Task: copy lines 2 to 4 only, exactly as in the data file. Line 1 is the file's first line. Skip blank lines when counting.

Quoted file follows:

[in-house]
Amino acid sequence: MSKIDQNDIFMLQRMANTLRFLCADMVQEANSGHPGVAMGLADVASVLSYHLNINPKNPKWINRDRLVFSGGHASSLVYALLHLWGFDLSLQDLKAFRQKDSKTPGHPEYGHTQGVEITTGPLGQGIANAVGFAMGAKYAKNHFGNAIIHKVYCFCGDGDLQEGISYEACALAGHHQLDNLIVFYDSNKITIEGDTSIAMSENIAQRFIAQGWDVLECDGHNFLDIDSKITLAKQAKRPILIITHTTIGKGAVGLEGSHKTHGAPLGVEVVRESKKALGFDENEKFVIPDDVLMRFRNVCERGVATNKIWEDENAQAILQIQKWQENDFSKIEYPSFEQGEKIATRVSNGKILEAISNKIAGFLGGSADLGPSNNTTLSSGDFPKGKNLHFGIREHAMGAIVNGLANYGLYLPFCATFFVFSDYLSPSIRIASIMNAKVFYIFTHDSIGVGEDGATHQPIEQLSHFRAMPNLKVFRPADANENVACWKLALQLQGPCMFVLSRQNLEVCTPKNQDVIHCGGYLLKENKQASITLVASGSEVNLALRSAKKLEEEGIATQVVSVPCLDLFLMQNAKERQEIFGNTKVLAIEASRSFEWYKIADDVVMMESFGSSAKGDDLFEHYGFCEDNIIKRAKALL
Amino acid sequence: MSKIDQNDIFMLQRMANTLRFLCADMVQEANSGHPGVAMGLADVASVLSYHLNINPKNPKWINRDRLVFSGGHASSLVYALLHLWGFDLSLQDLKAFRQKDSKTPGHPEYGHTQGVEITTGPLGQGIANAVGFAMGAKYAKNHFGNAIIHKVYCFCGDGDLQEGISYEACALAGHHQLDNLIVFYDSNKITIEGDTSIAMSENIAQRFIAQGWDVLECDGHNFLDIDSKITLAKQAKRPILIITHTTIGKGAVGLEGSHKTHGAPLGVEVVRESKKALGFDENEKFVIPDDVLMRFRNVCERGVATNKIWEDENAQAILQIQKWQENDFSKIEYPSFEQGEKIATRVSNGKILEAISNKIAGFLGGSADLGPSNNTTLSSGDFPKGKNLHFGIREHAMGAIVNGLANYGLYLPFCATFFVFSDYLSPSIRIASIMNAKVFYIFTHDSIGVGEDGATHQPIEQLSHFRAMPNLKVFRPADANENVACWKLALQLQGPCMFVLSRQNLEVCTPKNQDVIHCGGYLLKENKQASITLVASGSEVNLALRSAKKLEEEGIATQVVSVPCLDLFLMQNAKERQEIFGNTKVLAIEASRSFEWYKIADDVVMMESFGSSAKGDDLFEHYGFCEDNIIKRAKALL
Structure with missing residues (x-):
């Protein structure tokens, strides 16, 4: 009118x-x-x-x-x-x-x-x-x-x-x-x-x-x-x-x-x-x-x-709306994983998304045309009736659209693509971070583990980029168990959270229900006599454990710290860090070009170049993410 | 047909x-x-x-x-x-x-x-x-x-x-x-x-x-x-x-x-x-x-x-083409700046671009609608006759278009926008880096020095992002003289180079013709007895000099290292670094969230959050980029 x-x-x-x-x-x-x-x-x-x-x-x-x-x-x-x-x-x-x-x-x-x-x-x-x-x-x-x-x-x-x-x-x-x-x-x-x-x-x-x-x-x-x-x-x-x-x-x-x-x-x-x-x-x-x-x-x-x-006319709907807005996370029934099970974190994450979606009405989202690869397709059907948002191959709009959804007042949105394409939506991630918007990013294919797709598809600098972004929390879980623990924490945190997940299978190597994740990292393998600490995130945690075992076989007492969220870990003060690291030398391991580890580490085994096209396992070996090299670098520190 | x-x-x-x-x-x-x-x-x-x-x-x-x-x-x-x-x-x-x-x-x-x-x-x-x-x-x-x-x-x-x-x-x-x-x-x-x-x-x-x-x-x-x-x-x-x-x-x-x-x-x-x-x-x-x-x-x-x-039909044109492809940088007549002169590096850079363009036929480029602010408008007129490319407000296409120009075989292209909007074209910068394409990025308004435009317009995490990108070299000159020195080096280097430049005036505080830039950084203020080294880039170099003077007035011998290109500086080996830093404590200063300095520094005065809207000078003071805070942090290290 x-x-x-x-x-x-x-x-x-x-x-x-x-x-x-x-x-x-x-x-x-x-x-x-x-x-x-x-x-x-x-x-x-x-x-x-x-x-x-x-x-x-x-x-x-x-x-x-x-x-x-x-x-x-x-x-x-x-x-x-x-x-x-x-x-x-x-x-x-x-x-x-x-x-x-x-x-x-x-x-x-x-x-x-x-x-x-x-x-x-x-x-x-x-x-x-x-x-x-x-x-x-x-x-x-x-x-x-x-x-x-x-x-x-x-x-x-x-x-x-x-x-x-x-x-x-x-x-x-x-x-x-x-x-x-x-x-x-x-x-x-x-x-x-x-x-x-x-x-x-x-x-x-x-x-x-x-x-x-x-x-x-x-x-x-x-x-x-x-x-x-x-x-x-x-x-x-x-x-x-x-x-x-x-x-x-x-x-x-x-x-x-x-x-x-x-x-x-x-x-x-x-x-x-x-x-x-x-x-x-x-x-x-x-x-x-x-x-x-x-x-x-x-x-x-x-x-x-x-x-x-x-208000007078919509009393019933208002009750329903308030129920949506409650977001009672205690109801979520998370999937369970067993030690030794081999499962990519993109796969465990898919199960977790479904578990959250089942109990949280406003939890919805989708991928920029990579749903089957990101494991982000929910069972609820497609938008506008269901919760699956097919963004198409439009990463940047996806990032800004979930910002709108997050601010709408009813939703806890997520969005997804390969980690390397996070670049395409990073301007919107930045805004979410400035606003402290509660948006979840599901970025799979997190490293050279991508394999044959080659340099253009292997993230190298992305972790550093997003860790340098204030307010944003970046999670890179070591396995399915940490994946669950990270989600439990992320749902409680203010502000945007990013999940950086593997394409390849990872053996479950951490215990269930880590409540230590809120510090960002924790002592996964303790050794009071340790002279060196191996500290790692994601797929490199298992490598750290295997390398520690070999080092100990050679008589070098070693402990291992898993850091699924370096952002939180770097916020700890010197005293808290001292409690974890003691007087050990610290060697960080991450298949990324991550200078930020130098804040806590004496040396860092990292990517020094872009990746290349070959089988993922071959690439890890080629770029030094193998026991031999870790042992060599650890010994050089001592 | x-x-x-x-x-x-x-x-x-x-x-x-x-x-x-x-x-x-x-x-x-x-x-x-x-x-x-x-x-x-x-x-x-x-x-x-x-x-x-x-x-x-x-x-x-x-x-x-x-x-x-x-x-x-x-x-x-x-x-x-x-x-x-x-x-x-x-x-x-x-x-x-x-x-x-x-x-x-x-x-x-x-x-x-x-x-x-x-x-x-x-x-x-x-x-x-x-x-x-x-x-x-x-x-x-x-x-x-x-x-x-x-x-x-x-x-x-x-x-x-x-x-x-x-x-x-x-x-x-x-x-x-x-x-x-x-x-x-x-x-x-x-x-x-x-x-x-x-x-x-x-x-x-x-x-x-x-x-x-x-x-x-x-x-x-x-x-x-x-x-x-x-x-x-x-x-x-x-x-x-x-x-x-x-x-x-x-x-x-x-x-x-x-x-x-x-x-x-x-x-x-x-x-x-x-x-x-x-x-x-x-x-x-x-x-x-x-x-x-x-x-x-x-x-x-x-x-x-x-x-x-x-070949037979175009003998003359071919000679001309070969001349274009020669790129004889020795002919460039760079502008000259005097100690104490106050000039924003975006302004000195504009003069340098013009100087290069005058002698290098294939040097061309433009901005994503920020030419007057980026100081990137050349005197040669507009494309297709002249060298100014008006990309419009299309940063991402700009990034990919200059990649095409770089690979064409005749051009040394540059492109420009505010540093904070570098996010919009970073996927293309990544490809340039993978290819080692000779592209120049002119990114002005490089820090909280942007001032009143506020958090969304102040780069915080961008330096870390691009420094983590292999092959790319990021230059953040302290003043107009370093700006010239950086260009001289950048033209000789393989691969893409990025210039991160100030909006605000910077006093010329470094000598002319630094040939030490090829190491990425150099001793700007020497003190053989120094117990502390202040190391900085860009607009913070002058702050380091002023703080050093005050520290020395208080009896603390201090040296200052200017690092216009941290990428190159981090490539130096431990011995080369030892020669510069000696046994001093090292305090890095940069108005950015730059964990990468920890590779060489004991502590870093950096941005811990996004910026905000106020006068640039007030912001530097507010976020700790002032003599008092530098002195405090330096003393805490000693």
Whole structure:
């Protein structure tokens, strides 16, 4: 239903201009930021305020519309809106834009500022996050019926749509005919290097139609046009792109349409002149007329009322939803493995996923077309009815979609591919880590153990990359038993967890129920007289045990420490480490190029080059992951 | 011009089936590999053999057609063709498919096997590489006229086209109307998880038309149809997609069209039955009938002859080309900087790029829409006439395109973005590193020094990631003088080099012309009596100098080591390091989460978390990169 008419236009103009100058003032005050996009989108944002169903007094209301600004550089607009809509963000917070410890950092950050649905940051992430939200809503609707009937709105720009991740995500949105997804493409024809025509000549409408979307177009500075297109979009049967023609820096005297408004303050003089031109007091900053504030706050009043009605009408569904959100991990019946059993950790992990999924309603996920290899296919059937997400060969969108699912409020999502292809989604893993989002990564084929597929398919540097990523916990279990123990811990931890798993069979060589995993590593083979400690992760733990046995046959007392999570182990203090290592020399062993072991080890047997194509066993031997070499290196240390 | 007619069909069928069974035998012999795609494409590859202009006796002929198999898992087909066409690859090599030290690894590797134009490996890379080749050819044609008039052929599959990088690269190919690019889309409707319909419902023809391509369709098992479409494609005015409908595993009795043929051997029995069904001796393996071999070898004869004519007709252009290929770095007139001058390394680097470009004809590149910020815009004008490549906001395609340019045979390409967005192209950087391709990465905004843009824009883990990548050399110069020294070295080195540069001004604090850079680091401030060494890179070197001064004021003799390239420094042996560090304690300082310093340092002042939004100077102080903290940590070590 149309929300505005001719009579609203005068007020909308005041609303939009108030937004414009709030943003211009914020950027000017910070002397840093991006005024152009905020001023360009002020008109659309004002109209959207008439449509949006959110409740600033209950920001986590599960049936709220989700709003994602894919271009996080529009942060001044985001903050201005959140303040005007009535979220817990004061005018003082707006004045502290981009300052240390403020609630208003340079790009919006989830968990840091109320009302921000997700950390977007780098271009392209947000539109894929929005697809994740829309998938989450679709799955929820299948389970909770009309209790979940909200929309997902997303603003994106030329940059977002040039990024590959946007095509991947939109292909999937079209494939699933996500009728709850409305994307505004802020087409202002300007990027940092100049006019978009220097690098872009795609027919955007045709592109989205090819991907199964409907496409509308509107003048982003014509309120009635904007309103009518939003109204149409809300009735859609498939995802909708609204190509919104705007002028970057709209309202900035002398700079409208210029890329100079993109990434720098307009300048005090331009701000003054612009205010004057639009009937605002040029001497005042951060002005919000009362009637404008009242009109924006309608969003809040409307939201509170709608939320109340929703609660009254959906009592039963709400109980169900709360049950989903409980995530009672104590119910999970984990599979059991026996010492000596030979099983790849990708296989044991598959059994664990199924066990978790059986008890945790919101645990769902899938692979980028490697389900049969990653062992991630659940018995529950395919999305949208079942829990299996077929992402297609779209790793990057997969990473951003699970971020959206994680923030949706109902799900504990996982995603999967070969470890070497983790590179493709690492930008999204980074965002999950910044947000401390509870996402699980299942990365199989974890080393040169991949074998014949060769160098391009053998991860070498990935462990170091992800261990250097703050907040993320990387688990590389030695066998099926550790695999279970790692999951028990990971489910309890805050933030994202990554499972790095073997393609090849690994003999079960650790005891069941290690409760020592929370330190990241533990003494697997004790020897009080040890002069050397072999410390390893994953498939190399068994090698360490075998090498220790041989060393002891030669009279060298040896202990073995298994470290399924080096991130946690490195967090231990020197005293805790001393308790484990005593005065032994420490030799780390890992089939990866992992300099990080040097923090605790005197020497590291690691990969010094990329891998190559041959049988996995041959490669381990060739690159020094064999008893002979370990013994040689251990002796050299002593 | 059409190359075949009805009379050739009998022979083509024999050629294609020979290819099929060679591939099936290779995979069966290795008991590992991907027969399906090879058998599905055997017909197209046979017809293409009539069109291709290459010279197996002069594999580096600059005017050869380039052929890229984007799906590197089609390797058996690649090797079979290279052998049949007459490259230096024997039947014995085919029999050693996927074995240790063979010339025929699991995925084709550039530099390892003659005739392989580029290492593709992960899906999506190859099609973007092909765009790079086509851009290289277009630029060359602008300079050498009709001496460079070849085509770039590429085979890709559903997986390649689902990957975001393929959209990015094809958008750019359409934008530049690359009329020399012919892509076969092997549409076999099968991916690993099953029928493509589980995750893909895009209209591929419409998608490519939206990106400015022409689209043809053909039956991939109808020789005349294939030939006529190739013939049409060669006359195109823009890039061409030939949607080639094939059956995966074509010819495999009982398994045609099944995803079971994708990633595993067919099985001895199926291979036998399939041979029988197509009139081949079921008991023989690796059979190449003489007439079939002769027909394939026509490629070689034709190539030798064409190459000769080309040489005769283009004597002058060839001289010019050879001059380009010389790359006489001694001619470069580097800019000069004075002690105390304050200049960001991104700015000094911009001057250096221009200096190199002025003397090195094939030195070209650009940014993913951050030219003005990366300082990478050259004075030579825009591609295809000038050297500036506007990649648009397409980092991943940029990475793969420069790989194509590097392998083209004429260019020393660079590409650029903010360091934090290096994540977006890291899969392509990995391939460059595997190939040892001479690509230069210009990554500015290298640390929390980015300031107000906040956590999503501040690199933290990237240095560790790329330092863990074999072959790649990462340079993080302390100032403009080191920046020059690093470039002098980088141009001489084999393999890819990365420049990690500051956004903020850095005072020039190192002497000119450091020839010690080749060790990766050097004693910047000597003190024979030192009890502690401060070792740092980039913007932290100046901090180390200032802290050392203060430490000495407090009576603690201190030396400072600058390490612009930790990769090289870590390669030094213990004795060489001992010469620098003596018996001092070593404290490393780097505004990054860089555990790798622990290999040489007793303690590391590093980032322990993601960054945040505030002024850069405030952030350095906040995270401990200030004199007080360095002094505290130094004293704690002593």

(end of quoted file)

Amino acid sequence: MSKIDQNDIFMLQRMANTLRFLCADMVQEANSGHPGVAMGLADVASVLSYHLNINPKNPKWINRDRLVFSGGHASSLVYALLHLWGFDLSLQDLKAFRQKDSKTPGHPEYGHTQGVEITTGPLGQGIANAVGFAMGAKYAKNHFGNAIIHKVYCFCGDGDLQEGISYEACALAGHHQLDNLIVFYDSNKITIEGDTSIAMSENIAQRFIAQGWDVLECDGHNFLDIDSKITLAKQAKRPILIITHTTIGKGAVGLEGSHKTHGAPLGVEVVRESKKALGFDENEKFVIPDDVLMRFRNVCERGVATNKIWEDENAQAILQIQKWQENDFSKIEYPSFEQGEKIATRVSNGKILEAISNKIAGFLGGSADLGPSNNTTLSSGDFPKGKNLHFGIREHAMGAIVNGLANYGLYLPFCATFFVFSDYLSPSIRIASIMNAKVFYIFTHDSIGVGEDGATHQPIEQLSHFRAMPNLKVFRPADANENVACWKLALQLQGPCMFVLSRQNLEVCTPKNQDVIHCGGYLLKENKQASITLVASGSEVNLALRSAKKLEEEGIATQVVSVPCLDLFLMQNAKERQEIFGNTKVLAIEASRSFEWYKIADDVVMMESFGSSAKGDDLFEHYGFCEDNIIKRAKALL
Amino acid sequence: MSKIDQNDIFMLQRMANTLRFLCADMVQEANSGHPGVAMGLADVASVLSYHLNINPKNPKWINRDRLVFSGGHASSLVYALLHLWGFDLSLQDLKAFRQKDSKTPGHPEYGHTQGVEITTGPLGQGIANAVGFAMGAKYAKNHFGNAIIHKVYCFCGDGDLQEGISYEACALAGHHQLDNLIVFYDSNKITIEGDTSIAMSENIAQRFIAQGWDVLECDGHNFLDIDSKITLAKQAKRPILIITHTTIGKGAVGLEGSHKTHGAPLGVEVVRESKKALGFDENEKFVIPDDVLMRFRNVCERGVATNKIWEDENAQAILQIQKWQENDFSKIEYPSFEQGEKIATRVSNGKILEAISNKIAGFLGGSADLGPSNNTTLSSGDFPKGKNLHFGIREHAMGAIVNGLANYGLYLPFCATFFVFSDYLSPSIRIASIMNAKVFYIFTHDSIGVGEDGATHQPIEQLSHFRAMPNLKVFRPADANENVACWKLALQLQGPCMFVLSRQNLEVCTPKNQDVIHCGGYLLKENKQASITLVASGSEVNLALRSAKKLEEEGIATQVVSVPCLDLFLMQNAKERQEIFGNTKVLAIEASRSFEWYKIADDVVMMESFGSSAKGDDLFEHYGFCEDNIIKRAKALL
Structure with missing residues (x-):